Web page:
Eulogy for Dale

New Orleans   This is something I don’t want to get good at, but today we memorialized my brother, Dale, and for those interested, here were my remarks.

My brother, Dale Rathke, was many things to many people.

The “just the facts, ma’am” version found him born 64 years ago in Rangely, Colorado on the western slope, where he spent his first 5 years living in an oil company camp actually 5 miles from Rangely itself and about 15 miles from the Utah border in the upper northwestern corner of Rio Blanco County. The family followed the oil wells from there to Kentucky and then to New Orleans where our parents told both of us that they were trading our snow sleds for raincoats and that we could have another dog once we moved to a ranch.  We believed everything they told us for many years and kept asking when we were moving to that ranch.

He skipped 2nd grade and graduated from Benjamin Franklin High School as the valedictorian and a National Merit Scholar in 1967.  He was an Eagle Scout. He graduated from Yale University in 1971.  He spent a year teaching in New Orleans public schools while he waited to see if his low draft number would call him to Vietnam, then he went to Princeton University gaining his PhD in English Literature in 1974 specializing in early Elizabethan period.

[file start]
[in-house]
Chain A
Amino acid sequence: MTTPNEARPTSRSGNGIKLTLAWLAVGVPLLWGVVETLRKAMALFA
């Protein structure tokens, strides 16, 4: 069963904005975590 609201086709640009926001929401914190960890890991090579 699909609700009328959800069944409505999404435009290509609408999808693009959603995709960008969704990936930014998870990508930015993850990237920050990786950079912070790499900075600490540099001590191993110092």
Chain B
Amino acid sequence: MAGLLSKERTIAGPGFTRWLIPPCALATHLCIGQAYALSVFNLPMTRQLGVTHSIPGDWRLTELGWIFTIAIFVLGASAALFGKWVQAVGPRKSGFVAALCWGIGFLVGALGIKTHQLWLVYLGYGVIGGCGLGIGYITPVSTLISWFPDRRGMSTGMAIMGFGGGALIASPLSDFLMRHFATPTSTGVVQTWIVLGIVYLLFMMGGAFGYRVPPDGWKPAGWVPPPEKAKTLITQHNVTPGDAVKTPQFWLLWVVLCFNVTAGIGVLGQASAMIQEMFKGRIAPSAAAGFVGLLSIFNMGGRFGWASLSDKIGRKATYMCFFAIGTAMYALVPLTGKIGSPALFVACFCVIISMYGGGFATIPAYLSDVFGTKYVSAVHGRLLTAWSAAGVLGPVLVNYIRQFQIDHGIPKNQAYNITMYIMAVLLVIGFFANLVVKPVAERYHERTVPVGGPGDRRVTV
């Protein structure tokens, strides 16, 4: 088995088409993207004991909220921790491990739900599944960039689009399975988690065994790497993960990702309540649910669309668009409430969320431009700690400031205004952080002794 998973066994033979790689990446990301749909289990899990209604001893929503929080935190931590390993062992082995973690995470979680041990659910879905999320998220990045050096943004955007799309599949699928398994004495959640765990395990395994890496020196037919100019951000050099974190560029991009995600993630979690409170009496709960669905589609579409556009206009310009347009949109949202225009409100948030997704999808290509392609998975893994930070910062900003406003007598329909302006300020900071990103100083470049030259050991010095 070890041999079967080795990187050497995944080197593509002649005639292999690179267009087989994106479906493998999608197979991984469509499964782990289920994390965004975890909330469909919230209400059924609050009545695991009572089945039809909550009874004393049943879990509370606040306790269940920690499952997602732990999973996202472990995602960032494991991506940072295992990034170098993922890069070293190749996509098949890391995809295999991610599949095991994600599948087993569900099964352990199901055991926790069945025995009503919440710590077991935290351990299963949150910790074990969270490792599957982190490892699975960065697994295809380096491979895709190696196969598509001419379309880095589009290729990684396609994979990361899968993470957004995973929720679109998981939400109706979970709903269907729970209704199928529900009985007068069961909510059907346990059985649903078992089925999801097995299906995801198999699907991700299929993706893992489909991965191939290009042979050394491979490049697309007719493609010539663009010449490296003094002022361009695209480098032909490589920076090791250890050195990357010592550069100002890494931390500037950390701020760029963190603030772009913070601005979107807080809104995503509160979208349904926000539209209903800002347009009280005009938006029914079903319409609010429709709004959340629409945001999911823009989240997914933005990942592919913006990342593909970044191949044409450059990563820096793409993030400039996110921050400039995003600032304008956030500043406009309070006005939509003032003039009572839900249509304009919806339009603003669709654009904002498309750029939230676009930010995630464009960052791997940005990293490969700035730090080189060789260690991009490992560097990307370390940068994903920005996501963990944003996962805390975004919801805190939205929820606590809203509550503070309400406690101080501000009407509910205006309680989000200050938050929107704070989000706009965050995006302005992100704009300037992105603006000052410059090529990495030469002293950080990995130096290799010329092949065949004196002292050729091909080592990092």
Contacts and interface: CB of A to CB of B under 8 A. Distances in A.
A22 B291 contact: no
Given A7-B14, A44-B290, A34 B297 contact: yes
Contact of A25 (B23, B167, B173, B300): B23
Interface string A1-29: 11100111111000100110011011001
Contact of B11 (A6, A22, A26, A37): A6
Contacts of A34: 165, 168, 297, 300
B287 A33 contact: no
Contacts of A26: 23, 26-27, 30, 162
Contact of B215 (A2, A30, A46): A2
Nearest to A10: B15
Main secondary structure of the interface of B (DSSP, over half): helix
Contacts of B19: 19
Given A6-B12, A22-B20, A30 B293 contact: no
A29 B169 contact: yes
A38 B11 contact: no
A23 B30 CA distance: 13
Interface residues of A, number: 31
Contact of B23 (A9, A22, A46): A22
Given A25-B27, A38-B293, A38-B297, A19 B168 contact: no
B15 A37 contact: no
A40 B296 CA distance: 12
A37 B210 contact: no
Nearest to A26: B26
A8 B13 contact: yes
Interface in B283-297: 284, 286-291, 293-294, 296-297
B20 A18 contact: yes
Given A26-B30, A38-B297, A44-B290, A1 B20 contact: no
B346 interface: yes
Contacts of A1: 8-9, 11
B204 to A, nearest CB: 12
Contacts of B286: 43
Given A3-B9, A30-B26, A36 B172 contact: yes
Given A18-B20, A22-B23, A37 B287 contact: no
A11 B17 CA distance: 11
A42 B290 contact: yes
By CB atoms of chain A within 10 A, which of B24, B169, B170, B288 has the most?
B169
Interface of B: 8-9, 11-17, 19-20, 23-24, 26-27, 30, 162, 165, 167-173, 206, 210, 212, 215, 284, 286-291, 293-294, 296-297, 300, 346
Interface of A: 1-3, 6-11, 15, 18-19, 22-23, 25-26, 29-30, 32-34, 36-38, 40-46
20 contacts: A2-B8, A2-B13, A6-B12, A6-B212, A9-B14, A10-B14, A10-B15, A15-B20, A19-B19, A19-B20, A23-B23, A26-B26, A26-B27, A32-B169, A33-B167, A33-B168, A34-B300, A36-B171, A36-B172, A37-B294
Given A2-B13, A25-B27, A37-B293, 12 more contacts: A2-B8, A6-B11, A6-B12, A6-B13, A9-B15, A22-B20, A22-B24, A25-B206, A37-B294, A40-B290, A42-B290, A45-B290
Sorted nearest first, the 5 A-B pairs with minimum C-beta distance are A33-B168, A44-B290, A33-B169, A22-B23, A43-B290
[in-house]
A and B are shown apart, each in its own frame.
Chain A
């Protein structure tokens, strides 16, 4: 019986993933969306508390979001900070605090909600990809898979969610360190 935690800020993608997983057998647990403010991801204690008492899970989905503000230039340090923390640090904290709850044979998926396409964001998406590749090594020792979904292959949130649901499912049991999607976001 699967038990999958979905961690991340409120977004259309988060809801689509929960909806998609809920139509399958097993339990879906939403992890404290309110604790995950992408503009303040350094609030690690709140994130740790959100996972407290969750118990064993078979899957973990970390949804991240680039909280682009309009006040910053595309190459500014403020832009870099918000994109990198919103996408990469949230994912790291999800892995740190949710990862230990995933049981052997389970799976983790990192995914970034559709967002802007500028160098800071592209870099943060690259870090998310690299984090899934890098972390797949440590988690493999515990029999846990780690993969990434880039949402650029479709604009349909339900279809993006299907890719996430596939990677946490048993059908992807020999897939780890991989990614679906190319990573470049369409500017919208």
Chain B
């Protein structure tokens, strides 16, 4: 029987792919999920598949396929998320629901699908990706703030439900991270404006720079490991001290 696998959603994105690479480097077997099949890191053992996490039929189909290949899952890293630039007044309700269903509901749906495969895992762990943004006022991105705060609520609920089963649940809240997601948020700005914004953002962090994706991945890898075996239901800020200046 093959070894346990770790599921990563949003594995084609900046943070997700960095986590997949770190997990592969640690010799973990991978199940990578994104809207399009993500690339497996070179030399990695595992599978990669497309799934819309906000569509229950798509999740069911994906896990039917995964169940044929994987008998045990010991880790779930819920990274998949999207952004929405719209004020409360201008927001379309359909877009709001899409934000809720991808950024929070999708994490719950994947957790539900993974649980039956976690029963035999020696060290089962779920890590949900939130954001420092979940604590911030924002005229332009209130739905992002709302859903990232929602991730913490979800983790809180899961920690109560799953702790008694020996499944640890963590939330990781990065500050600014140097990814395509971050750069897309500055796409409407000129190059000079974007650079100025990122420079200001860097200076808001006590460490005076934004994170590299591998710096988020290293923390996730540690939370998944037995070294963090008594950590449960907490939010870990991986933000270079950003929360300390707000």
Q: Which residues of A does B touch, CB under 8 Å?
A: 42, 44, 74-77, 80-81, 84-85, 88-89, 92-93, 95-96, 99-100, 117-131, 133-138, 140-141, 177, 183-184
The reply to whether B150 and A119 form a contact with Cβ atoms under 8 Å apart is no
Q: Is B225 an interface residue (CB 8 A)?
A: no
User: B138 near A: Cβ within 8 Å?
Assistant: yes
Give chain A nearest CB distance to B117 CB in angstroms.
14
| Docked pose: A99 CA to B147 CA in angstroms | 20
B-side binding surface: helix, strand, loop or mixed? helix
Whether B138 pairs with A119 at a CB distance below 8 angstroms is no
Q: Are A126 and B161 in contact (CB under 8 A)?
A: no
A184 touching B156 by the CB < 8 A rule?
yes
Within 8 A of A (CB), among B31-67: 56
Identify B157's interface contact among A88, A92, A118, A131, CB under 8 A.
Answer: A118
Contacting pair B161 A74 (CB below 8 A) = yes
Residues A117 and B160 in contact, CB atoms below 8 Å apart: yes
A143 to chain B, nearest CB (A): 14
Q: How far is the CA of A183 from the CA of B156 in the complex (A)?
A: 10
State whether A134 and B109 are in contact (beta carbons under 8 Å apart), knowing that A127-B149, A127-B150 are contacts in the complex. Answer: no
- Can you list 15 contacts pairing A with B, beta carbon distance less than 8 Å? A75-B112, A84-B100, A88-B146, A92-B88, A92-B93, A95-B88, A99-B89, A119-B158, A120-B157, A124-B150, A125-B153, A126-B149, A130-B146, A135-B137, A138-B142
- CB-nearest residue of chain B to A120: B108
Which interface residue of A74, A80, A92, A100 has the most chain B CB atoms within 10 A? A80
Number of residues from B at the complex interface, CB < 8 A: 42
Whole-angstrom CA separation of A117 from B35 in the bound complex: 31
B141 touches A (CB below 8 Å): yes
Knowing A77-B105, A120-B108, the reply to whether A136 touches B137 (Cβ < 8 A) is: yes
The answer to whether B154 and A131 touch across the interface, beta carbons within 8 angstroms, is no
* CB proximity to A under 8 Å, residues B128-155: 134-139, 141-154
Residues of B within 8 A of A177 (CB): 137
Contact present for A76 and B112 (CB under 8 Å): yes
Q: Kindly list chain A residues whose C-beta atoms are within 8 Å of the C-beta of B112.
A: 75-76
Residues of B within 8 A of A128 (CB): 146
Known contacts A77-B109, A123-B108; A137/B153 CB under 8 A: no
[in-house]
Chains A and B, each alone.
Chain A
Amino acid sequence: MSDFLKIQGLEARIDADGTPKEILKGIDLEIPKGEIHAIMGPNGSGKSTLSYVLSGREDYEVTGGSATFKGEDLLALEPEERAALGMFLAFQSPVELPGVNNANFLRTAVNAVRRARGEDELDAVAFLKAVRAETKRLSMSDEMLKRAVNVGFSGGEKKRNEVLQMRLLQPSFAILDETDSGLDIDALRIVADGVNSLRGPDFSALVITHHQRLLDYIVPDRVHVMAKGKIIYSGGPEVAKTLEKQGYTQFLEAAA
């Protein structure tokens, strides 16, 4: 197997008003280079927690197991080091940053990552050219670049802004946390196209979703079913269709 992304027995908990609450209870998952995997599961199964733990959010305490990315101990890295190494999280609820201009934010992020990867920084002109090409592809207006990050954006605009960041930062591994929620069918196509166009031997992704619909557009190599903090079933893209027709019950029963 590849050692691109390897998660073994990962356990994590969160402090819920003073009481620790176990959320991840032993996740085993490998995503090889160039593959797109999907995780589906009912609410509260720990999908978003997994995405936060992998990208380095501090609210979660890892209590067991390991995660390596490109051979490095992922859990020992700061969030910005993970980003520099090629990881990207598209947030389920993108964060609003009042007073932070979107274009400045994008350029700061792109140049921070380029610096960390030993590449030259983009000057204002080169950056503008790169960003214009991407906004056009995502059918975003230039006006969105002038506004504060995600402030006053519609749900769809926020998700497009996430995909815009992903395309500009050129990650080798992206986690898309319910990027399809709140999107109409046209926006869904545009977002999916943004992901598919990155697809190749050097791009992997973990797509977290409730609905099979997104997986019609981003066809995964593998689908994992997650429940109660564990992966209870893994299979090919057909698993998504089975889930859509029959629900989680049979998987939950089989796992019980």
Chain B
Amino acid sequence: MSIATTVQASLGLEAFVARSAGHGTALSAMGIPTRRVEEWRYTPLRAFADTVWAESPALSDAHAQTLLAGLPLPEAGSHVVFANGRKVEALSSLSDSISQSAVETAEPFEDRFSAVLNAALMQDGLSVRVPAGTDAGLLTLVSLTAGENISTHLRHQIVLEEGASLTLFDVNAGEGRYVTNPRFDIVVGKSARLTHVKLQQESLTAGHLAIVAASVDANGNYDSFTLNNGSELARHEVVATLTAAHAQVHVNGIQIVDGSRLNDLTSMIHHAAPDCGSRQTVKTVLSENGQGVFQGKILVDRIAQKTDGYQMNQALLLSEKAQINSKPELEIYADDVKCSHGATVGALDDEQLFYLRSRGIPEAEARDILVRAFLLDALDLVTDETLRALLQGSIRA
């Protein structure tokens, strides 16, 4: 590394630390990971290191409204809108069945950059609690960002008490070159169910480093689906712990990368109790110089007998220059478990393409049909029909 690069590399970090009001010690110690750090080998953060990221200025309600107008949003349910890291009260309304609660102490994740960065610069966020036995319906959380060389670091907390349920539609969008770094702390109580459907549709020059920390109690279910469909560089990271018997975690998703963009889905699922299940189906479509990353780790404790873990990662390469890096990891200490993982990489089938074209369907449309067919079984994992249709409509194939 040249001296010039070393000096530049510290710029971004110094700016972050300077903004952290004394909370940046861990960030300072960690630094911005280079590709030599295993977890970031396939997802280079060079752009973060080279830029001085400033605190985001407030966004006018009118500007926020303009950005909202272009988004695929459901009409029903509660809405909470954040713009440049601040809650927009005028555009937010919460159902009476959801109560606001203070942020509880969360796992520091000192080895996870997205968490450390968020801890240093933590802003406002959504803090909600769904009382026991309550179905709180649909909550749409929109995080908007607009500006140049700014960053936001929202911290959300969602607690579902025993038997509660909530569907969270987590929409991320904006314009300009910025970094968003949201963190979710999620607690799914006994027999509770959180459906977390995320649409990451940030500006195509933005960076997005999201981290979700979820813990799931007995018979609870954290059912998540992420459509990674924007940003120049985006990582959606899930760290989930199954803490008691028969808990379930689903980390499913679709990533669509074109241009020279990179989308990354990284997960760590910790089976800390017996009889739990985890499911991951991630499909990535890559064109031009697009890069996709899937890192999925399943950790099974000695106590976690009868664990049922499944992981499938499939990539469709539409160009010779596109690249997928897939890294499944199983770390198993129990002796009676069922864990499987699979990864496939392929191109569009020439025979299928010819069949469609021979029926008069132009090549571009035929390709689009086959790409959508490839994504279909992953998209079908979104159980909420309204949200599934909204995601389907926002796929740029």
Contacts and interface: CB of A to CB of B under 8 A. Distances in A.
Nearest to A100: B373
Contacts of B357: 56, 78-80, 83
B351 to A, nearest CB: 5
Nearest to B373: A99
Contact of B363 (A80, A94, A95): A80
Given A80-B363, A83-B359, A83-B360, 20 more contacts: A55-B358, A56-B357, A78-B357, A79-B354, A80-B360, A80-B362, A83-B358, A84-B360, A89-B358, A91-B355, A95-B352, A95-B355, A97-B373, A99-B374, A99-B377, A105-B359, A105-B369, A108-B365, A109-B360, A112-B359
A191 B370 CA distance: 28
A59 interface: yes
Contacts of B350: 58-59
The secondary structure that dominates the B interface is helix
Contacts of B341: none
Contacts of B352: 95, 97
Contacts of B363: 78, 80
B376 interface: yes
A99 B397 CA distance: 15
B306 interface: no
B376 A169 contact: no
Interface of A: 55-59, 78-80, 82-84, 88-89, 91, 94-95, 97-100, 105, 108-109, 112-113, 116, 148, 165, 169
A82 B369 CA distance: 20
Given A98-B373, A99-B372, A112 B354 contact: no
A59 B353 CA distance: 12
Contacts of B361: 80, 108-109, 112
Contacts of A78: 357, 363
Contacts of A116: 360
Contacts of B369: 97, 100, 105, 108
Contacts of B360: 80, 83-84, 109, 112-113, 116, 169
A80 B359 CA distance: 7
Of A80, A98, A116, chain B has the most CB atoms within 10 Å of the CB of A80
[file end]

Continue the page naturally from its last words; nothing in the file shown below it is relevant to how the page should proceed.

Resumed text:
He was fluent in French and could follow Italian and read Latin, Greek, and Sanskrit. He was a math wizard testing off the charts.  He ended up living mainly in New York City off and on for 3 years until 1978 when he began working in various capacities, mainly handling the finances for the ACORN family of organizations for 30 years until 2008, and then doing so for the Chief Organizer Fund and related corporations for another 6 years until his death.

These are the things we know for sure.

Going through his library over the last month reveals even more diverse interests.  Cookbooks of all descriptions, after he became a gourmet cook at Princeton.  Proust in the original French.  Scores of books on opera, art collections, poetry, philosophy, and of course literature.   There was Burke’s Peerage and full editions of the Oxford English Dictionary, but there were also books specializing in southern and British humor, biographies of society folk and scores of volumes of “who’s who” of this and that.  There was a book on the best cut men in boxing and biographies of Blake and Stephen Crane and Irving Berlin.  I got a note from a comrade remembering a lunchtime lecture Dale once gave him on “protecting the life of the mind.”  You get the picture.  Dale was always the smartest guy in the room, though he did all of us the favor of being reserved and quiet about it until provoked.

When asked about the utility of his education and erudition, Dale was one of the last, great proponents of knowledge for the pure sake of knowledge, and would argue he was uninterested in its application in the so-called real world. Though he wouldn’t hesitate later to take computer programming classes at Delgado and teach himself double-entry bookkeeping, accounting, and architecture, as well as reading the law when we needed it.  The manager of Fair Grinds Coffeehouse would joke that “Dale was the internet.” Definitely he was dangerous using that tool.